Lonely Hearts

Teddy bear with heart sitting on old wood background.

Sermon #40 (8th December 2019 at Essex Church / Kensington Unitarians)

A couple of months ago, the members of the London Assembly – that is, the elected body based at City Hall whose job it is to scrutinise the work of the Mayor of London, conduct investigations, and make recommendations in relation to the way our city is run, agreed a motion on what they called ‘London’s Loneliness Epidemic’. They put out a press release as a follow-up which said:

‘More than half of Londoners find that the capital is a lonely place to live, according to new findings …we surveyed Londoners by age, gender and social grade on how loneliness impacts them… This follows the Government’s analysis of the UK [as a whole], which found that people living in cities are more likely to feel lonely than those living in other [regions]. In cities like London, changes in social structures, such as the decline of the number of pubs, as well as the frequency of lifestyle changes (such as moving house) mean loneliness is an issue that’s not specific to older people [as is sometimes assumed]. In fact, our survey found those over 65 are the least likely to say London is a lonely place to live or work. Loneliness is linked to a higher risk of early death, cardiovascular issues, poor mental health, inactivity, smoking, risk-taking behaviour, as well as cognitive decline…
What’s worse: there is an undeniable stigma surrounding loneliness. Research shows that 30% of British people said they would be embarrassed to say they felt lonely, which can be a leading factor in preventing people coming forward and seeking help.’

[Excerpts there from a statement put out by the London Assembly last month].

So today – in the second Sunday of our month themed on ‘Scarcity and Abundance’ – we’re pondering loneliness. Those of us who were here on Thursday for ‘Heart & Soul’ spent some time looking at ‘What We Need’ and we heard about how the need for connection with others is now considered a fundamental human need (alongside food, water, shelter, sleep, and novelty). So, in this view, loneliness might be thought of as a form of scarcity, really, in the sense that it is a lack or deprivation of something essential to our well-being, a shortage of something we might characterise as connection, relationship, attachment, intimacy, or belonging.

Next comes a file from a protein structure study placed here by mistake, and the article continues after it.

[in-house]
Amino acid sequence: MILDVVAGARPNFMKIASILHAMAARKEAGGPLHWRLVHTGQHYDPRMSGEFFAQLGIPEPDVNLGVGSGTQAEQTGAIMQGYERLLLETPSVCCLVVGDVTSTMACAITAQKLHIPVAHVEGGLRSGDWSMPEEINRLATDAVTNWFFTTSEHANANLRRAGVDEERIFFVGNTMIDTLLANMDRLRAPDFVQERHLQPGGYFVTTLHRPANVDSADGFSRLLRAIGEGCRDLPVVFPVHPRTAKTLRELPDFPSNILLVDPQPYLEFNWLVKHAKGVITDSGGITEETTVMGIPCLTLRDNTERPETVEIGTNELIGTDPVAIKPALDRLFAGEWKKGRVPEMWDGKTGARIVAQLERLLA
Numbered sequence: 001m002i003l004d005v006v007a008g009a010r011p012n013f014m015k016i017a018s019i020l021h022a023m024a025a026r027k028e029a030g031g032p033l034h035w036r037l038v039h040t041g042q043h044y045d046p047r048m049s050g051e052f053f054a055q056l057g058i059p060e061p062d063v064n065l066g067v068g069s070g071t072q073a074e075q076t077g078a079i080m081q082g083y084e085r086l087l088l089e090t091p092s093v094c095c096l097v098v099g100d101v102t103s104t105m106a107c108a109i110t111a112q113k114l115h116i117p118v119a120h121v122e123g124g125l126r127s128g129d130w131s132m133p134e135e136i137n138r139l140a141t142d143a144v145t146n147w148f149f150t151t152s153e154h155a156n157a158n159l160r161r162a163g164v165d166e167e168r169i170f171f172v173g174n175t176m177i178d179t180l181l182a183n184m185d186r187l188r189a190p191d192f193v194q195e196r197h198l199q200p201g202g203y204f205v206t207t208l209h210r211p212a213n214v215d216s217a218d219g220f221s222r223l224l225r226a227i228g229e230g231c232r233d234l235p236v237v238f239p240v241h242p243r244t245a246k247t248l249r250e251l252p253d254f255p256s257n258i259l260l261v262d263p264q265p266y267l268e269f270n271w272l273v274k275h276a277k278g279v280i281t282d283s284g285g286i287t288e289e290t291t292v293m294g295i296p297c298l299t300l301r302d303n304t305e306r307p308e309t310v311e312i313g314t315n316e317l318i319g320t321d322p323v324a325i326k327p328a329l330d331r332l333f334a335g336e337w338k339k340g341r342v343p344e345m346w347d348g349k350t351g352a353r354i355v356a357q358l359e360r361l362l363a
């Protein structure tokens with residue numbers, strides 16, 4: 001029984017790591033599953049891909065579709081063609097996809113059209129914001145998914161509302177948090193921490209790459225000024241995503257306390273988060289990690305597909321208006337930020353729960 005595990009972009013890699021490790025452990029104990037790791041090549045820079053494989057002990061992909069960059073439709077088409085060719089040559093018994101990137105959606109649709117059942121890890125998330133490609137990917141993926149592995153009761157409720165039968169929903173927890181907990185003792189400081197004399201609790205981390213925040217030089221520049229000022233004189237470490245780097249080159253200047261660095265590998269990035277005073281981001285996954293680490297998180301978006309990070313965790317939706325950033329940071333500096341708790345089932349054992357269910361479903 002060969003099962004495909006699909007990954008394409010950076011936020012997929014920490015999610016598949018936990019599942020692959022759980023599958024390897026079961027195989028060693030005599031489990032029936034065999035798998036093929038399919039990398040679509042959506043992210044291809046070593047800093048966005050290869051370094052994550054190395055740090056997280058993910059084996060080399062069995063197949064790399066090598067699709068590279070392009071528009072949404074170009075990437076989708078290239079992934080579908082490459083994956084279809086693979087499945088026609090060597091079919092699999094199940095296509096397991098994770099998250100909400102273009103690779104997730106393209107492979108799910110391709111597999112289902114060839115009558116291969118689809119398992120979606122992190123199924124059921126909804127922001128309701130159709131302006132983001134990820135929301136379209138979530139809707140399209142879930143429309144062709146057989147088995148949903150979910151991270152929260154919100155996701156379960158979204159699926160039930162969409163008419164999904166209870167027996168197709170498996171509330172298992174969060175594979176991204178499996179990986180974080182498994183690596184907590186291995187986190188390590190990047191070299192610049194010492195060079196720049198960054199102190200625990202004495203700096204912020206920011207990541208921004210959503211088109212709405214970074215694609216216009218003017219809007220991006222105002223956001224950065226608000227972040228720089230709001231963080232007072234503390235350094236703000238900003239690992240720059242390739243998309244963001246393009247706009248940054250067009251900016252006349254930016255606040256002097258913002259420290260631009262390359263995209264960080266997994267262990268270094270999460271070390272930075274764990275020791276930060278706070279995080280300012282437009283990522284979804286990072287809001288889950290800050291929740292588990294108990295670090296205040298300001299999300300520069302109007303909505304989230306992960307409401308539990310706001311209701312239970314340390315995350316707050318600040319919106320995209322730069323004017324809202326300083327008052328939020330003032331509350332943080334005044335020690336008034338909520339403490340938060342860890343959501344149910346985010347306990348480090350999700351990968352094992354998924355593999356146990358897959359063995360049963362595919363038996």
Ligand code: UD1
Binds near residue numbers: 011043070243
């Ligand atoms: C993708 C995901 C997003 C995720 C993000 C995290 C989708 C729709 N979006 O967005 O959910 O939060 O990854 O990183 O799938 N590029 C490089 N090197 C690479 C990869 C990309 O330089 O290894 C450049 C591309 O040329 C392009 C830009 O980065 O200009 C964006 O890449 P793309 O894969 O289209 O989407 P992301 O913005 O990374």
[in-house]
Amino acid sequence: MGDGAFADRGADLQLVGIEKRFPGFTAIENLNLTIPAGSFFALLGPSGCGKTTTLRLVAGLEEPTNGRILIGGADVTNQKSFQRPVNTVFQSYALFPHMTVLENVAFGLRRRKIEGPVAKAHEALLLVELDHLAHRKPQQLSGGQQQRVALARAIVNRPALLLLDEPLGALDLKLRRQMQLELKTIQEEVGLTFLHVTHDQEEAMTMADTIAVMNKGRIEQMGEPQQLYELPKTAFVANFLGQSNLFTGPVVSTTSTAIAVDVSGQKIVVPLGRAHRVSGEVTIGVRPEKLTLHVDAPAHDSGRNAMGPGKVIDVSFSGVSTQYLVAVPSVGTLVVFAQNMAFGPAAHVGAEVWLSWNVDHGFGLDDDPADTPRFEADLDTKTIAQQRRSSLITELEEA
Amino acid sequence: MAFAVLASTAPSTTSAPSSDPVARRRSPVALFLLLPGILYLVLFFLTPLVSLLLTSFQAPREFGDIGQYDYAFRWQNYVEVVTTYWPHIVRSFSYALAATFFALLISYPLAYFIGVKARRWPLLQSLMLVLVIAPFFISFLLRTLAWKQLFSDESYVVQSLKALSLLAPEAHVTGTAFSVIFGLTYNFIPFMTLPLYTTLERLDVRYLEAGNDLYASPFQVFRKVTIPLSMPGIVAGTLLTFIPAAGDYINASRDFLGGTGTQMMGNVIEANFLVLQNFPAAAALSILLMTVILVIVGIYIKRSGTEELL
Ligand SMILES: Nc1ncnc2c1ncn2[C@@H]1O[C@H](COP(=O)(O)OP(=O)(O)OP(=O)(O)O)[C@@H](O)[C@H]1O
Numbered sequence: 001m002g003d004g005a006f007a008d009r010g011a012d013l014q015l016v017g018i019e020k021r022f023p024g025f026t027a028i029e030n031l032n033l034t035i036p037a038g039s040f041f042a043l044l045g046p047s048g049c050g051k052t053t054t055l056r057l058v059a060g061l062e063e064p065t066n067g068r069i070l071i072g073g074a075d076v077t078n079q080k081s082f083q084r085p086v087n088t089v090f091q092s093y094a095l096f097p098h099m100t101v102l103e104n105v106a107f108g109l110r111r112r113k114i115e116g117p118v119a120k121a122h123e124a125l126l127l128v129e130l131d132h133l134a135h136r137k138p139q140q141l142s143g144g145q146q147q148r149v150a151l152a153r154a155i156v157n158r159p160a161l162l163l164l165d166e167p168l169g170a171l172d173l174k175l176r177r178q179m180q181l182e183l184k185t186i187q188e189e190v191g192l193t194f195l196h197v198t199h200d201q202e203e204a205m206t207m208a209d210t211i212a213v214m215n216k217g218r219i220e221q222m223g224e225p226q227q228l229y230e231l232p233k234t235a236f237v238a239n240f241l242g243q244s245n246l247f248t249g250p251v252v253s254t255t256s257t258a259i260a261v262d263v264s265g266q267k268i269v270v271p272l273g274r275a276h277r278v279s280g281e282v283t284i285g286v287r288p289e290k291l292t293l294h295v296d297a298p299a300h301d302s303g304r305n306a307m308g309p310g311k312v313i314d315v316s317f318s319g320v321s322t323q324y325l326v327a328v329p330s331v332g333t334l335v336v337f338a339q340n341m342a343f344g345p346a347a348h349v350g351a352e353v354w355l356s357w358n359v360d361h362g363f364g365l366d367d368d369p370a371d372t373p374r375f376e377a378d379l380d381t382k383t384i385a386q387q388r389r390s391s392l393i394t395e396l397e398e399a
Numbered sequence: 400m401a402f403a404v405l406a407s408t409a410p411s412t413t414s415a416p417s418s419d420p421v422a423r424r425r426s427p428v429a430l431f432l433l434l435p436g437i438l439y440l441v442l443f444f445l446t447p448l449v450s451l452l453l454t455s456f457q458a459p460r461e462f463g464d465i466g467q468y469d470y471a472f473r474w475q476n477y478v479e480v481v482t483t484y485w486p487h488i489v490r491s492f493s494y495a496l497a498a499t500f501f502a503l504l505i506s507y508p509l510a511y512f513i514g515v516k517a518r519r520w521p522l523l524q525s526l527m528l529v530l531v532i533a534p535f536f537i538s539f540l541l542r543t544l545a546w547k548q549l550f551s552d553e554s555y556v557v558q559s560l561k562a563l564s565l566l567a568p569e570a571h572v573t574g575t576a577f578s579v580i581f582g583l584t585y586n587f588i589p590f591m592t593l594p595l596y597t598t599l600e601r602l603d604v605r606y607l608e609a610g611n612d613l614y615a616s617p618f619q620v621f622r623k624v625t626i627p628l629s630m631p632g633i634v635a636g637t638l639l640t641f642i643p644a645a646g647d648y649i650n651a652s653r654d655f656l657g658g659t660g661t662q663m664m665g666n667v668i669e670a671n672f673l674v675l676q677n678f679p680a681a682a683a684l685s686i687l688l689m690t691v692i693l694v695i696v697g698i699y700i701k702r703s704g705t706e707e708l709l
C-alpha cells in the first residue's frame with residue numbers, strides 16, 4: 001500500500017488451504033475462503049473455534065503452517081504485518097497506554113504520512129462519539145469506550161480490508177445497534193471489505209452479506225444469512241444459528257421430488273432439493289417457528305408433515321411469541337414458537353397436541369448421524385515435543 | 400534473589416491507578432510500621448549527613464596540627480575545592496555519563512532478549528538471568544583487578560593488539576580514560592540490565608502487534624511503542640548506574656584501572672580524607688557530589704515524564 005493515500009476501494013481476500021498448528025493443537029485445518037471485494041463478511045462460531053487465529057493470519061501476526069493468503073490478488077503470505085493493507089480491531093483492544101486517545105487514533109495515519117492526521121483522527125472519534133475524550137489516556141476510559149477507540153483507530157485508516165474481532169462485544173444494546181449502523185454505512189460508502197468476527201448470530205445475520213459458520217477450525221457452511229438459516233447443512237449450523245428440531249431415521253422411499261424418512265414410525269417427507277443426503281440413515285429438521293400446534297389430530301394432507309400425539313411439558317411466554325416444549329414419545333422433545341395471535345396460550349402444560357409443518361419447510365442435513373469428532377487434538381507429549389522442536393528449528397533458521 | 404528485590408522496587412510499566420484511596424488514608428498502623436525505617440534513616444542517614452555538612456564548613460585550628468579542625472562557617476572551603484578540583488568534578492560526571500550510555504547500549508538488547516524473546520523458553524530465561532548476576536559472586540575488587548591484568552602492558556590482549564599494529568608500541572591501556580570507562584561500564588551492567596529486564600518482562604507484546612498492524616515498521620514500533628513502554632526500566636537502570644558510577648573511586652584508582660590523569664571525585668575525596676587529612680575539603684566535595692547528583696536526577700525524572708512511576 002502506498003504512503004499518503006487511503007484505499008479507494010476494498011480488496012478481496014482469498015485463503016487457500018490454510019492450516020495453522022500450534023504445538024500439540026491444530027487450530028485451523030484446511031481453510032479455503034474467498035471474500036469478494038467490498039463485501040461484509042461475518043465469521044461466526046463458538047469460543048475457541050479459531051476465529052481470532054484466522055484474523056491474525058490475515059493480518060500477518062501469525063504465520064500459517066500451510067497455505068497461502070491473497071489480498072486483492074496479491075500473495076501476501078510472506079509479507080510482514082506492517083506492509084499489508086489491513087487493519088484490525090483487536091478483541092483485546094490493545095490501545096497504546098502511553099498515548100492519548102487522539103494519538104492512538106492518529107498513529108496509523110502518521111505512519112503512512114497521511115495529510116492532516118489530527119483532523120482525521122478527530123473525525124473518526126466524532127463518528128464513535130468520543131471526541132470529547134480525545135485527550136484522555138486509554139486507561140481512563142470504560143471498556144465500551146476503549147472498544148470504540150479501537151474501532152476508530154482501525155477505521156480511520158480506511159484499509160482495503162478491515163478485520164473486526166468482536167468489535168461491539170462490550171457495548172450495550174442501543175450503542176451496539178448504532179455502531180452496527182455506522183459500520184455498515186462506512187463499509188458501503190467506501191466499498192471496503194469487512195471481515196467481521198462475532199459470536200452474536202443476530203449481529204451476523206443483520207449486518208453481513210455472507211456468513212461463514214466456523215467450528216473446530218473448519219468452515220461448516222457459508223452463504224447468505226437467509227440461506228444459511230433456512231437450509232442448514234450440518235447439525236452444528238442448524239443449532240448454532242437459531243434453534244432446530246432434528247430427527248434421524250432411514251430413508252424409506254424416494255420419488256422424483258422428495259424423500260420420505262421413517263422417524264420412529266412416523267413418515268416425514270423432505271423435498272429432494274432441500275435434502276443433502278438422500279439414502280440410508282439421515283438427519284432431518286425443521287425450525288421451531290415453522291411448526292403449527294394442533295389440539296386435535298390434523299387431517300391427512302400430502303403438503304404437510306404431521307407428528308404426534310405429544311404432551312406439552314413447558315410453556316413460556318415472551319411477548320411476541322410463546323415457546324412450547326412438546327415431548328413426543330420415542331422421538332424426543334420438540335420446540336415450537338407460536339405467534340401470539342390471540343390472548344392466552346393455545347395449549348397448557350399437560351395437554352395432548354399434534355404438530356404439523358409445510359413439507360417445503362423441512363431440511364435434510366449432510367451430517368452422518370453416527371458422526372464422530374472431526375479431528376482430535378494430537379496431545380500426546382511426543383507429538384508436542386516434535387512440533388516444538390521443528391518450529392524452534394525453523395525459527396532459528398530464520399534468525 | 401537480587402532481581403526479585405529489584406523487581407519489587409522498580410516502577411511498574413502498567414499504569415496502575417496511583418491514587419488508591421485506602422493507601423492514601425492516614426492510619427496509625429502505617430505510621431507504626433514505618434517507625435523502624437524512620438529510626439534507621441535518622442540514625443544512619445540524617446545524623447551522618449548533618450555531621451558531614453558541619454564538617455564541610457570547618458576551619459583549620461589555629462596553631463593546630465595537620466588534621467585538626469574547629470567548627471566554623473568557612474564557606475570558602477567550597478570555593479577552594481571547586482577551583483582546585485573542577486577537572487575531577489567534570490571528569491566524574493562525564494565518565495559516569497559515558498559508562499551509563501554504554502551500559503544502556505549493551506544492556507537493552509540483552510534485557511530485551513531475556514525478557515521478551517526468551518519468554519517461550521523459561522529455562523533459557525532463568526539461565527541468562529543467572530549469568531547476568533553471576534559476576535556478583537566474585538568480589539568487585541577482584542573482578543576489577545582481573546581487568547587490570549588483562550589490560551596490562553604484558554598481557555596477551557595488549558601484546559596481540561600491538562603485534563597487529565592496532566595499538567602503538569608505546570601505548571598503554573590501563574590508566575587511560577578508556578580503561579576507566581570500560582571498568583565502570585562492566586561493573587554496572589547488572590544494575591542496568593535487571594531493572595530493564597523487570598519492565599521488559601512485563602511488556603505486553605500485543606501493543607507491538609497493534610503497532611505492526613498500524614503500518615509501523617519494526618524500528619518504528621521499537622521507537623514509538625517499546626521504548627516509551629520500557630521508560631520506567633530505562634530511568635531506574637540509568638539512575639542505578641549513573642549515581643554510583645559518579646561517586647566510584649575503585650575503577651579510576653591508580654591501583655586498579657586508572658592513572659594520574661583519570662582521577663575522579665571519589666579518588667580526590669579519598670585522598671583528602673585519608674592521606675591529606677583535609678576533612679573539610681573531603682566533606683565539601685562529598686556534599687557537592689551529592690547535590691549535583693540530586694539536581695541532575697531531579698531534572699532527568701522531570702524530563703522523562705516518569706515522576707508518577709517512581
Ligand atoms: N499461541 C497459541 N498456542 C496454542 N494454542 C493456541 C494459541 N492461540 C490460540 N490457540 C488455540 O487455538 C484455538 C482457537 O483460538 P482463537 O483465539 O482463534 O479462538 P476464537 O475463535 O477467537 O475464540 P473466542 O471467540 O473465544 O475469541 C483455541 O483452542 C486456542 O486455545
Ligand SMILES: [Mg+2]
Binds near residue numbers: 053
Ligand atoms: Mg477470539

Even in a city of (near enough) 9 million people we can feel lonely. If anything the sheer weight of humanity can make it even more sharp: ‘water, water everywhere and not a drop to drink’.

In my reading on this subject I repeatedly came across a certain spiritual attitude which, in truth, got right up my nose! The gist of it is that we are all One, interconnected, and mutually dependent (I agree with that bit!) and so it’s all a question of reframing our perception (so, almost implying that if we were properly spiritual we wouldn’t feel lonely, cos we’d know nothing is really separate). I’m not saying there’s no truth in it – the underlying nature of things – our essential unity in Love. But it feels a bit insulting, verging on victim-blamey, towards lonely people who are really suffering.